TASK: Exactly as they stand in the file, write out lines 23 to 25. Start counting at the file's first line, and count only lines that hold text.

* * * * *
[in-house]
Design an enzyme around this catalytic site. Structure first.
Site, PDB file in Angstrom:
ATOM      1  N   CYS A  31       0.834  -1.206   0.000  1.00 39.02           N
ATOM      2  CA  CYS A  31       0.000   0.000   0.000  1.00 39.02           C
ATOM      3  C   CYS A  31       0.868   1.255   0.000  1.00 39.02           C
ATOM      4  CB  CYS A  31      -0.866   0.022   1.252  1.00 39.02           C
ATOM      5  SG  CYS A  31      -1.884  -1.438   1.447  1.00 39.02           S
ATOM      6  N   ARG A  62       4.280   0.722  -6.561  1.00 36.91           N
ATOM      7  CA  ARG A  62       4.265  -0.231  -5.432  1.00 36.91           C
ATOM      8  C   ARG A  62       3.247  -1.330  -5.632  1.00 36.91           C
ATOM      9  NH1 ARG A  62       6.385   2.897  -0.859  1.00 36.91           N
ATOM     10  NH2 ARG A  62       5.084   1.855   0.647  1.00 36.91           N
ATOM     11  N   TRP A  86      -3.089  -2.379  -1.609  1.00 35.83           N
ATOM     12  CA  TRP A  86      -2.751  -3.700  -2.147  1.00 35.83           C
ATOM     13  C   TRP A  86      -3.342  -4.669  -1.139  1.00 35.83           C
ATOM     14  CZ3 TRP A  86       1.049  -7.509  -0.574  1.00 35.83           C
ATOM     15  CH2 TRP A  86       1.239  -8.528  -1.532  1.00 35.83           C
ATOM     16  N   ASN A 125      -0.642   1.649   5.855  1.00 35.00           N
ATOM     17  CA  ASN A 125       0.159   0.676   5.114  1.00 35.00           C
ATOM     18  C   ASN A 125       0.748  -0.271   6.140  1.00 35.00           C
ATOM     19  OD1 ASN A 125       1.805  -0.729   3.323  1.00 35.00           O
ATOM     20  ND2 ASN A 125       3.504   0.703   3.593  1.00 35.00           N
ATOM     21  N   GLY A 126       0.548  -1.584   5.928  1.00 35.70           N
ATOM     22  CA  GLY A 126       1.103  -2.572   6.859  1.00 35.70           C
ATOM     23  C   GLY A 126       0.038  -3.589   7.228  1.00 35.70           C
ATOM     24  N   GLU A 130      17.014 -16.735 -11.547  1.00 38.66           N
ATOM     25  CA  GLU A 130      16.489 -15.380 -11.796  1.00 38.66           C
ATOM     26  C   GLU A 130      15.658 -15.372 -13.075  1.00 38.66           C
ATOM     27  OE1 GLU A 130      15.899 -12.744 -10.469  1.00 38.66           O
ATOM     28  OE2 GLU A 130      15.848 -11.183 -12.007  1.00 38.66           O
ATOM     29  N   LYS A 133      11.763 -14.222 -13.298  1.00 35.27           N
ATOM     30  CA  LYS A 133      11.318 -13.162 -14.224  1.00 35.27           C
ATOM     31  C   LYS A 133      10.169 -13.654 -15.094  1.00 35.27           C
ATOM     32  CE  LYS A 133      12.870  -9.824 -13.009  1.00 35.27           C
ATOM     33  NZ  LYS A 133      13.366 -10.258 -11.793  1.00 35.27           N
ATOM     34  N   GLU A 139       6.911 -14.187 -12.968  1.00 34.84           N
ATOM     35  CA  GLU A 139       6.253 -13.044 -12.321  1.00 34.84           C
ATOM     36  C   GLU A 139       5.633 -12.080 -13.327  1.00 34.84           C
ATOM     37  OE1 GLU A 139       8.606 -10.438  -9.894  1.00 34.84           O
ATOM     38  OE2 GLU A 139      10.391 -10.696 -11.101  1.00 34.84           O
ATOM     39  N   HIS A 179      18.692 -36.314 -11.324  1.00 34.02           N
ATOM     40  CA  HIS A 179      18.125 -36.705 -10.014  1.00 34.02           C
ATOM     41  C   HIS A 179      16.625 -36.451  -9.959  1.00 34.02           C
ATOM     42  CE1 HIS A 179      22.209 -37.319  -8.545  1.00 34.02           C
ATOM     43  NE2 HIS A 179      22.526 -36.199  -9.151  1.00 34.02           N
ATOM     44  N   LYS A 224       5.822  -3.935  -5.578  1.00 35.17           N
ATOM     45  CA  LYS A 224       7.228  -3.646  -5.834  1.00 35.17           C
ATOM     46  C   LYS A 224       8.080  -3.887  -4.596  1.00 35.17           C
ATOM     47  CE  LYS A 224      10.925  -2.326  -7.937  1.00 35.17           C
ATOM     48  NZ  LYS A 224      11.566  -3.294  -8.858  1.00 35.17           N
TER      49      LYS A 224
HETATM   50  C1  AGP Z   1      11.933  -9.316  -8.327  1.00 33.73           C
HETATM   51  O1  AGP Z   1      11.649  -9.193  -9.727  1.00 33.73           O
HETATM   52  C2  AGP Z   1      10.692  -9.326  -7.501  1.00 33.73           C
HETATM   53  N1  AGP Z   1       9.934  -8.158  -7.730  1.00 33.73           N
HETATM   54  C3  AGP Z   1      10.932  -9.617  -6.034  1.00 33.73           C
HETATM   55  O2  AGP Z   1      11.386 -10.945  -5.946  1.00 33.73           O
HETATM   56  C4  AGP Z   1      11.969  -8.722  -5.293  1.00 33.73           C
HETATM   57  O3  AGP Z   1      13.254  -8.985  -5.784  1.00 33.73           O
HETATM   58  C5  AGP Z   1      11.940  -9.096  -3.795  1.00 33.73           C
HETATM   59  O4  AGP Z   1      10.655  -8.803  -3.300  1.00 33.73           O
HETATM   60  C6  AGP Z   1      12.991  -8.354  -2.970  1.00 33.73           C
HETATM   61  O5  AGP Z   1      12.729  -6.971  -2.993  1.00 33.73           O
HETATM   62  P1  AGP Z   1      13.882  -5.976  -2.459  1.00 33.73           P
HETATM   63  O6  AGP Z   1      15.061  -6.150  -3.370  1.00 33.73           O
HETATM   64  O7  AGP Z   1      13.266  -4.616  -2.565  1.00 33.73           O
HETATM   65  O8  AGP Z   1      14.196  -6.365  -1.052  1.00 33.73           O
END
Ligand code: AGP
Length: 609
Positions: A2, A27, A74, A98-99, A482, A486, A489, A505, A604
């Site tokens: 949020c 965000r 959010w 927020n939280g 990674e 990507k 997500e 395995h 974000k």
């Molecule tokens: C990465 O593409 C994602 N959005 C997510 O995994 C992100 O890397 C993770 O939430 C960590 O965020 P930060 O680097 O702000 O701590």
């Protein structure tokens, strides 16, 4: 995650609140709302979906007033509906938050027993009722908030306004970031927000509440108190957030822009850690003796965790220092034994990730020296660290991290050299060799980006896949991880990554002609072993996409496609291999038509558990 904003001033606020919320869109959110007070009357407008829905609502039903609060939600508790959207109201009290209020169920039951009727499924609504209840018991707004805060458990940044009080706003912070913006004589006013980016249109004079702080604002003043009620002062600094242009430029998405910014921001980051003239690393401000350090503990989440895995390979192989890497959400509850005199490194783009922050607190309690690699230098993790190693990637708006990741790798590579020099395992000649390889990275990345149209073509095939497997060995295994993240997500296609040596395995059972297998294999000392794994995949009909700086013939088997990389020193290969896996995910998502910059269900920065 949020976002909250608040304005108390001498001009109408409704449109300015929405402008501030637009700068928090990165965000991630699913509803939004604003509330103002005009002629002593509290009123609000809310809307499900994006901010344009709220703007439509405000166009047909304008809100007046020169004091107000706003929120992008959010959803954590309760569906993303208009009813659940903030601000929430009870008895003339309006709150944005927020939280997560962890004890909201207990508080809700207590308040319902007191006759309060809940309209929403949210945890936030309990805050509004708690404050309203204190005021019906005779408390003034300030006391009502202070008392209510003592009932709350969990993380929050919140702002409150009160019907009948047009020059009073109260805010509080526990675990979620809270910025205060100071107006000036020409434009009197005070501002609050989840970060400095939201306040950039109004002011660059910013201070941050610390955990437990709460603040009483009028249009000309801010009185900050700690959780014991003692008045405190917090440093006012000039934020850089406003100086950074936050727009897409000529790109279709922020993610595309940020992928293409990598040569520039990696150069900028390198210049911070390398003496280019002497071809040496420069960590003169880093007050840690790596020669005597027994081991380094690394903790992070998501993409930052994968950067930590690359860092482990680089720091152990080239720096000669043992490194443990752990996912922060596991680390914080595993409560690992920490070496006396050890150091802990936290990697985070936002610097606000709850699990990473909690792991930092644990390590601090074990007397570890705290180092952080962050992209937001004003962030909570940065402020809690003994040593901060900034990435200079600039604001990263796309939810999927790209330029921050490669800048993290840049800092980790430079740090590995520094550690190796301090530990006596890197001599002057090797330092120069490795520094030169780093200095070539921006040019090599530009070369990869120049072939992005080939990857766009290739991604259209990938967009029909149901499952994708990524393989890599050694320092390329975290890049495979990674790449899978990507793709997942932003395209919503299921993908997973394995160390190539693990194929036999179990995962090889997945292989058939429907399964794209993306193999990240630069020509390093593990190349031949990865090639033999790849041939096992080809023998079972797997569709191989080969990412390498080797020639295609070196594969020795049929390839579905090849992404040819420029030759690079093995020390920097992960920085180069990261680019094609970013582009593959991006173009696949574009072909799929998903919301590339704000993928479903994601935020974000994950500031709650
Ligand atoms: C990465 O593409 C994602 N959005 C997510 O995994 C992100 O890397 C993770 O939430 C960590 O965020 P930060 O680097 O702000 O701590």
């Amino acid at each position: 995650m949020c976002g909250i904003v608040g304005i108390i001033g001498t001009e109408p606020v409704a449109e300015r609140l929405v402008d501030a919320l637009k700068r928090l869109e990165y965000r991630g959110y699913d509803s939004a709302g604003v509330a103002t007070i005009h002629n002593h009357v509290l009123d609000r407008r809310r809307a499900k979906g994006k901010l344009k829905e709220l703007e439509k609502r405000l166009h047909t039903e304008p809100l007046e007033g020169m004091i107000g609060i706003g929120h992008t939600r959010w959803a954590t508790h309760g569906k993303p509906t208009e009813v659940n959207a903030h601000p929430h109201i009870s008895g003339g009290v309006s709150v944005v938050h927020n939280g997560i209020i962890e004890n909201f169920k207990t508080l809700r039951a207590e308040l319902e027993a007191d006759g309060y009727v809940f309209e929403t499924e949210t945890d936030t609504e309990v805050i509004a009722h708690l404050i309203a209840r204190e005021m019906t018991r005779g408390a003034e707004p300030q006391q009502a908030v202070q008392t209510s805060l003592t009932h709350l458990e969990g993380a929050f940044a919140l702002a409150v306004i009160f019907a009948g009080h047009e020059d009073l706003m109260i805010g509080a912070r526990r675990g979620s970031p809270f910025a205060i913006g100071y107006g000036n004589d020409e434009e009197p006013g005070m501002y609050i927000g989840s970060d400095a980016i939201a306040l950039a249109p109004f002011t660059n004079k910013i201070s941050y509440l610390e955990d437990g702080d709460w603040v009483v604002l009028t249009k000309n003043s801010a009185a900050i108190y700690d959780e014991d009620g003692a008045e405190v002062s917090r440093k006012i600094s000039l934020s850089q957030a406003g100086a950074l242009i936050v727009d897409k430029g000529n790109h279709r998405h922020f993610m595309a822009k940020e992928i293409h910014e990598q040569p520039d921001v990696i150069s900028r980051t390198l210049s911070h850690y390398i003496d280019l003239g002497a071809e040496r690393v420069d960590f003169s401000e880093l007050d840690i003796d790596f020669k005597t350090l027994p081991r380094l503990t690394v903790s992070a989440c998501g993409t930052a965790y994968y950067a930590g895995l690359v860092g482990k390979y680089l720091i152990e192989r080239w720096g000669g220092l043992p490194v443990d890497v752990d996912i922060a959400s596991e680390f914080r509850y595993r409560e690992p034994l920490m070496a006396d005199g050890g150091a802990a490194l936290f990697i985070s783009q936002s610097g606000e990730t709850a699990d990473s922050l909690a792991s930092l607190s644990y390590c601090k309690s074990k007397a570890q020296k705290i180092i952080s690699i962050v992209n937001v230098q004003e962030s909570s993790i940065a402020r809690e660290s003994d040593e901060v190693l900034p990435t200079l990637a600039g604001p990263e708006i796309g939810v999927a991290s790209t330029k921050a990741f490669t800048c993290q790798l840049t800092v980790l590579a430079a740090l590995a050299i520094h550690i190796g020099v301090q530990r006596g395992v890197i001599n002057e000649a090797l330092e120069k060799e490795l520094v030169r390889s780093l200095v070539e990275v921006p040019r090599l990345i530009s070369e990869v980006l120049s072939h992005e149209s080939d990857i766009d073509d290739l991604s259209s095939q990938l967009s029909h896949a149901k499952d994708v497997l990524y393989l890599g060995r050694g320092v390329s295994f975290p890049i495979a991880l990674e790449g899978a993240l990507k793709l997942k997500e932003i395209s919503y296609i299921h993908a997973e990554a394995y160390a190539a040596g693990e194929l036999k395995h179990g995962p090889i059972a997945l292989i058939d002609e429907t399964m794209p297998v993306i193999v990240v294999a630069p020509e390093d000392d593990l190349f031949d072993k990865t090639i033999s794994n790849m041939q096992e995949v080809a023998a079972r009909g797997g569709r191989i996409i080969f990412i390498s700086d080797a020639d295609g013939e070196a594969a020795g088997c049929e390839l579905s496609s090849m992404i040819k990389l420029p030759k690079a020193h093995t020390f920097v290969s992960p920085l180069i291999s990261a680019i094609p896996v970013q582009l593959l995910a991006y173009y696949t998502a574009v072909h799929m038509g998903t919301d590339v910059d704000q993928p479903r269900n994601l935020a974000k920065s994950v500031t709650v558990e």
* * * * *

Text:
ATOM     20  ND2 ASN A 125       3.504   0.703   3.593  1.00 35.00           N
ATOM     21  N   GLY A 126       0.548  -1.584   5.928  1.00 35.70           N
ATOM     22  CA  GLY A 126       1.103  -2.572   6.859  1.00 35.70           C